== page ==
‘Beasts of the Southern Wild’ Lead Actors Ineligible for SAG Awards

beasts-of-the-southern-wildWhile the Oscars are generally considered the most prestigious awards in film, for actors the Screen Actors Guild Award also have special significance. Unfortunately for the actors in Fox Searchlight’s Beasts of the Southern Wild, because the low-budget film was not produced by the guidelines of SAG-AFTRA’s Low Budget Feature Agreement its actors will not be eligible for the SAG Awards.

With a budget of only $1.3 million and a desire for realism, director Benh Zeitlin cast locals in most roles, including lead actors Quvenzhane Wallis and Dwight Henry, neither of whom have ever acted before (thus they were not members of SAG-AFTRA).  Fox Searchlight and the film’s international distributors could potentially restore the film’s eligibility by bringing the film into compliance with the Low Budget Feature Agreement, but that would mean all the companies would have to pay the actors more, something they’re not likely to do just to restore eligibility.

Regardless, Zeitlin doesn’t feel like Wallis and Henry are missing out on much even if they aren’t eligible.  He told The Hollywood Reporter, “Against all logic and planning, two incredible first-time actors won the lead roles in Beasts.  I’m positive they both have long and amazing acting careers in front of them.”  In fact, both will appear in director Steve McQueen‘s Twelve Years a Slave that is due out next year.

The film’s lack of eligibility for the SAG Awards might hurt the Oscar chances of the film, as nominations and wins throughout awards season tend to build Oscar buzz among Oscar voters (many of whom are also SAG-AFTRA members).  Of course, Fox Searchlight can build Oscar buzz for the film in other ways since the SAG Awards aren’t the only game in town, and many actors who weren’t nominated for an SAG award for a film performance still wind up being nominated for an Oscar for the same performance.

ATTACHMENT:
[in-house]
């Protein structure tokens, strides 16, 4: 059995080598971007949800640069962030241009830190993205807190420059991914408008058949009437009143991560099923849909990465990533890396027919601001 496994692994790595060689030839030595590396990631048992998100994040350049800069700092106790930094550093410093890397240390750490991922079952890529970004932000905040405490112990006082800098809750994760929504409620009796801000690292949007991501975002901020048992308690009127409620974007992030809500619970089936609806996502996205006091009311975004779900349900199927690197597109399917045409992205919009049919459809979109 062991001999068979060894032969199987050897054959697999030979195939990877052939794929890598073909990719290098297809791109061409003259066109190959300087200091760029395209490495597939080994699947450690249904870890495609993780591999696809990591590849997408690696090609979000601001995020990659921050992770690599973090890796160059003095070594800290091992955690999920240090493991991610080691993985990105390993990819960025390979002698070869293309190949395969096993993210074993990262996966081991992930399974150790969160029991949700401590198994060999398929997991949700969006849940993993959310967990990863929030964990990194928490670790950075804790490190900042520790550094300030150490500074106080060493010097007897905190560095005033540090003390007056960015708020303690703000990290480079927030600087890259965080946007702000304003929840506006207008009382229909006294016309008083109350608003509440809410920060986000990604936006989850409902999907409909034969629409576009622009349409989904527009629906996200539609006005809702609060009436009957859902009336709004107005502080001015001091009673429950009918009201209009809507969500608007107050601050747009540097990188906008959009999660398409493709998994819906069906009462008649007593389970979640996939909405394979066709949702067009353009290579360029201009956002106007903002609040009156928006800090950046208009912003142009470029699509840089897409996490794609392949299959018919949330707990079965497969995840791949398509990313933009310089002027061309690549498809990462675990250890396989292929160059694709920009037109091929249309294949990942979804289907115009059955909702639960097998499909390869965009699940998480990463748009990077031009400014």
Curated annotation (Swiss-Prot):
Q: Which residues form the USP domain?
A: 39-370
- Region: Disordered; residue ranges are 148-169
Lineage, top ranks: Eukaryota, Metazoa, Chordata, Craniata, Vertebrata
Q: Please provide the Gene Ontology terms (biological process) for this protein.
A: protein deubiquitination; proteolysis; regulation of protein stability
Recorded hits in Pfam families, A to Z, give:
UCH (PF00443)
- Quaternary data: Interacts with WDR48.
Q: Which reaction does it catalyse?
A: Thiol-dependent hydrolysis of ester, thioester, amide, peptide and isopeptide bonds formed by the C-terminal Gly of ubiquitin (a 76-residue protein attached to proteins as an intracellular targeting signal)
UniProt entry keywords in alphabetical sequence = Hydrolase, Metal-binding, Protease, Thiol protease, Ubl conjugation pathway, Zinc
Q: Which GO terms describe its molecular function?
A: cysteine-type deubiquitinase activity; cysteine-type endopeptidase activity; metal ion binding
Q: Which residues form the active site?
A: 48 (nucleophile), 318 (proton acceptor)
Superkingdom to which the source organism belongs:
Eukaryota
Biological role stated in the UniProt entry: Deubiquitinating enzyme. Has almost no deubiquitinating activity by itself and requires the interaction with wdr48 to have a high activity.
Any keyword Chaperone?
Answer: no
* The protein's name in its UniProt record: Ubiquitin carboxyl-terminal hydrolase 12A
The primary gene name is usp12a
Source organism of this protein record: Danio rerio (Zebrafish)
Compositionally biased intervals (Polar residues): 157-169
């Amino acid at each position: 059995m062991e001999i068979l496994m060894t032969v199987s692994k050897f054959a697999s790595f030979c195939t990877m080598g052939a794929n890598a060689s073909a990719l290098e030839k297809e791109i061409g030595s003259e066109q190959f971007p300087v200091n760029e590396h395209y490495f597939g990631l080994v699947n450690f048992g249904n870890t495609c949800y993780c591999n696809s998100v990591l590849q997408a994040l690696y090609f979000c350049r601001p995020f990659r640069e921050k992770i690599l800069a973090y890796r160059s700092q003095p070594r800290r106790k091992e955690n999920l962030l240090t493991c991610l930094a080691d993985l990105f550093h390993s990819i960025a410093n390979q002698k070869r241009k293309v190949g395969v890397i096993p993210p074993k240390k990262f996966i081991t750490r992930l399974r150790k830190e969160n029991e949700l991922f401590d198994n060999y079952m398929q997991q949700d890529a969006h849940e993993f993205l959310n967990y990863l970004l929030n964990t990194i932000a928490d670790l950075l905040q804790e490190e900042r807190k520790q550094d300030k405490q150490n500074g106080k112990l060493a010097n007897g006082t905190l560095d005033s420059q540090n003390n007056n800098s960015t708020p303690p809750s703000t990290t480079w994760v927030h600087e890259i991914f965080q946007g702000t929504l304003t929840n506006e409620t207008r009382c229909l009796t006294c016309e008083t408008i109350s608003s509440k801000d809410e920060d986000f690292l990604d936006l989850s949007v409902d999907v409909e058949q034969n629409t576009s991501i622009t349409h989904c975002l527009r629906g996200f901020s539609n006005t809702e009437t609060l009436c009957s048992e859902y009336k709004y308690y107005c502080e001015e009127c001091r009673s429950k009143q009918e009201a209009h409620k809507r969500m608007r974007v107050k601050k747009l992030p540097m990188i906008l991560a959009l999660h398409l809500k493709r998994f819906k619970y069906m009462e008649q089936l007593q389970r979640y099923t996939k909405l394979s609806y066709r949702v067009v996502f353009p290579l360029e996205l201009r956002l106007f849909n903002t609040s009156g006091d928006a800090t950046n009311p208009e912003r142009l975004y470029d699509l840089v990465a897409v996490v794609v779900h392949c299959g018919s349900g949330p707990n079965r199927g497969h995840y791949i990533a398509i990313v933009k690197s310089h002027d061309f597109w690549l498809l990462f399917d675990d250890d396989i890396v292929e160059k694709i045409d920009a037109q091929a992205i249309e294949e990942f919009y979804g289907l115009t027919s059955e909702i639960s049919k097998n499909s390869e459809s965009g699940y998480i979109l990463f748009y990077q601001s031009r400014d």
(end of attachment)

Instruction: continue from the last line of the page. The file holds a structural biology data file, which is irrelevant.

Leave a Reply

http://www.dailyactor.com/wp-content/uploads/2017/12/daniel-day-lewis-phantom-thread.jpg
Daniel Day-Lewis on His “Final” Role in ‘Phantom Thread’: “The impulse to quit took root in me, and that became a compulsion”
"All my life, I’ve mouthed off about how I should stop acting, and I don’t know why it was different this time" - Daniel Day-Lewis
http://www.dailyactor.com/wp-content/uploads/2017/12/adam-driver-last-jedi.jpg
Adam Driver: “Basically, the only thing I try to do is know my lines”
"I never figure anything out. I do my job. That’s my goal, to be as economical as possible." - Adam Driver
http://www.dailyactor.com/wp-content/uploads/2017/12/cranston-hammer-pattinson.jpg
Bryan Cranston, Robert Pattinson and Armie Hammer on Working with Others
"You know, it’s not imperative that you get along with your co-stars; it’s like your in-laws — it just makes things easier" - Bryan Cranston
http://www.dailyactor.com/wp-content/uploads/2017/12/margot-robbie-I-tonya.jpg
Margot Robbie: “I do timelines and backstories, I work with a dialect coach, a movement coach and an acting coach”
"I need to be with other actors, then my focus is on what they’re doing and all I need to do is react to it. I’m too in my head if I’m on my own." - Margot Robbie
http://www.dailyactor.com/wp-content/uploads/2017/12/lucas-hedges-three-billboards.jpg
Lucas Hedges: “I feel like this responsibility to be a great actor, yet I have so much to learn”
"If I don’t go to work, I feel very lost and scared and confused." - Lucas Hedges on Acting